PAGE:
R99 has a peculiar spectrum that has been described as OBf:pe, "unclassifiable", peculiar WN10, "similar to the unusual LBV HD 5980", "unique", and Ofpe/WN9. The Ofpe/WN9 type remains even though other stars of this type have been reclassified to types between WN9 and WN11. R99 has significant differences from those other stars which preclude it being given a simple WN spectral type: the ultraviolet spectrum is strongly blanketed over a different range of wavelengths; highly ionised iron lines are seen in absorption instead of emission; the Hi lines are unusually narrow and have no P Cygni profile; a lack of any significant absorption features near Hδ; a number of metal lines are unusually strong or weak compared to other stars of the type; there is a small unexplained infrared excess.
The wind structure of R99 may be significantly different from most WR stars and LBVs. The normal temperature-stratified WR wind is accelerated to terminal velocity, causing lines of different ionisation levels of Helium to be created at different distances from the star. This does not seem to apply to R99. Significant polarisation of the spectrum continuum is also seen, suggesting an asymmetric wind. This has not been observed in other WR stars.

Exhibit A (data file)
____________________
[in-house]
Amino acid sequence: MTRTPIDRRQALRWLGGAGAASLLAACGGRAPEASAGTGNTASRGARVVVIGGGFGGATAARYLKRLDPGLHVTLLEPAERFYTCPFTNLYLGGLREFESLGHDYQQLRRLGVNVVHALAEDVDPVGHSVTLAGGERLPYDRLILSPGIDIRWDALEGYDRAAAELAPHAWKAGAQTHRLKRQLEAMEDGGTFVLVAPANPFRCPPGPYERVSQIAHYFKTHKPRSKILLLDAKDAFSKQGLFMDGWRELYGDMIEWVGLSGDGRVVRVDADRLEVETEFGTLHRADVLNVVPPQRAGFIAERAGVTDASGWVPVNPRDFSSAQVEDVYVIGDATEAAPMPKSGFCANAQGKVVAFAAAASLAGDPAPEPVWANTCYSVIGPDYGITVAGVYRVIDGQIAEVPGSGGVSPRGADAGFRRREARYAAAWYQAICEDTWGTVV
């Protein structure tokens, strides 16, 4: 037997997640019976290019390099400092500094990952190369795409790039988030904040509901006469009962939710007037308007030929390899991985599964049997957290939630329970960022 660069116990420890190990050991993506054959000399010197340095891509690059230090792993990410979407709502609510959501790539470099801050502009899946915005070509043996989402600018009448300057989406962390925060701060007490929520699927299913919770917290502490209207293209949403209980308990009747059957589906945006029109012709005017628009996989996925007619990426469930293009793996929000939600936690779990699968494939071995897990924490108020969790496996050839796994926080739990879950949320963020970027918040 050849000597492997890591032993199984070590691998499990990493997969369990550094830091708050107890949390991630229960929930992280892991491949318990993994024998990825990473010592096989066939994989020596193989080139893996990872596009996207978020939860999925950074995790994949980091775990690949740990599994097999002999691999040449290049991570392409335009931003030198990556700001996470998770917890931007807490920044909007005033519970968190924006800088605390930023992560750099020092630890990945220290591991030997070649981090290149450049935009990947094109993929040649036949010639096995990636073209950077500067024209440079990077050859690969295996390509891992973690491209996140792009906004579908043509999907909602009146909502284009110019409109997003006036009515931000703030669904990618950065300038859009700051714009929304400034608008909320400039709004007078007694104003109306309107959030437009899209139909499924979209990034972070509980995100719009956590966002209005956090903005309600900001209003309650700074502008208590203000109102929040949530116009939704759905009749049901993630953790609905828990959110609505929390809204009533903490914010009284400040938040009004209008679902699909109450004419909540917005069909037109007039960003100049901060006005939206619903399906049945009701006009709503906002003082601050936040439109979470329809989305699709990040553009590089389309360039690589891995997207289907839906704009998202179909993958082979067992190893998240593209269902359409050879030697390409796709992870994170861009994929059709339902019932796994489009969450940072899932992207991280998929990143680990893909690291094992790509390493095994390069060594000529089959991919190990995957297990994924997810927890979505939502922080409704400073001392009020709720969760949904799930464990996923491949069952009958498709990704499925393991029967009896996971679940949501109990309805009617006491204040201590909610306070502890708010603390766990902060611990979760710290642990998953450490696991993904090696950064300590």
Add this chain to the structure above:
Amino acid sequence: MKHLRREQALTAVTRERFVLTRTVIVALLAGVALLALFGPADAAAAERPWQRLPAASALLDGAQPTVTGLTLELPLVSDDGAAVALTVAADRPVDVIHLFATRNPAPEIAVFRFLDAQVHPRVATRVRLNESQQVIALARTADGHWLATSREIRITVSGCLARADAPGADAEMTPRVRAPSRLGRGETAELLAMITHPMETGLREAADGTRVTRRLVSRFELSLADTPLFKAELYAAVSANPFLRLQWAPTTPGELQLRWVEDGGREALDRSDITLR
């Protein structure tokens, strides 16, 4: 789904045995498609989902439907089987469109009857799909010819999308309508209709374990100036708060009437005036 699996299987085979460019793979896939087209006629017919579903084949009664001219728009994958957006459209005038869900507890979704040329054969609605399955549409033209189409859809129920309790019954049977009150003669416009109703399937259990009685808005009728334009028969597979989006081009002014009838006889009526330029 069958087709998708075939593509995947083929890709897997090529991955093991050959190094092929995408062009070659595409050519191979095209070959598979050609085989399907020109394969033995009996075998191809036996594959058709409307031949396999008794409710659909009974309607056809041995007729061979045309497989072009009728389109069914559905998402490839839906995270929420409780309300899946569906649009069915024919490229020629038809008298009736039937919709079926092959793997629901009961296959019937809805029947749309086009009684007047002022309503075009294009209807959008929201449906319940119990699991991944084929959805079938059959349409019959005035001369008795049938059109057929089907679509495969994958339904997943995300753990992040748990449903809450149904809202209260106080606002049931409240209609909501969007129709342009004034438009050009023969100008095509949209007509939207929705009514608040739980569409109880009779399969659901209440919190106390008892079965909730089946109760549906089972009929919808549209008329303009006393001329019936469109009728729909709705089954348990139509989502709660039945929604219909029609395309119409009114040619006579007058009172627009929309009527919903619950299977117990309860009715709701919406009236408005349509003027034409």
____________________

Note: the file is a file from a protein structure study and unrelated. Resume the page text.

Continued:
R99 shows brightness variations of about 0.3 magnitude over a period of decades, and smaller amplitudes with the strongest periods at two and ten days. The colour also varies, with the star being bluer at minimum light. It has been classified as a Luminous Blue Variable on account of the variability and spectrum, although it has never been observed in outburst. Others still list it only as a candidate.
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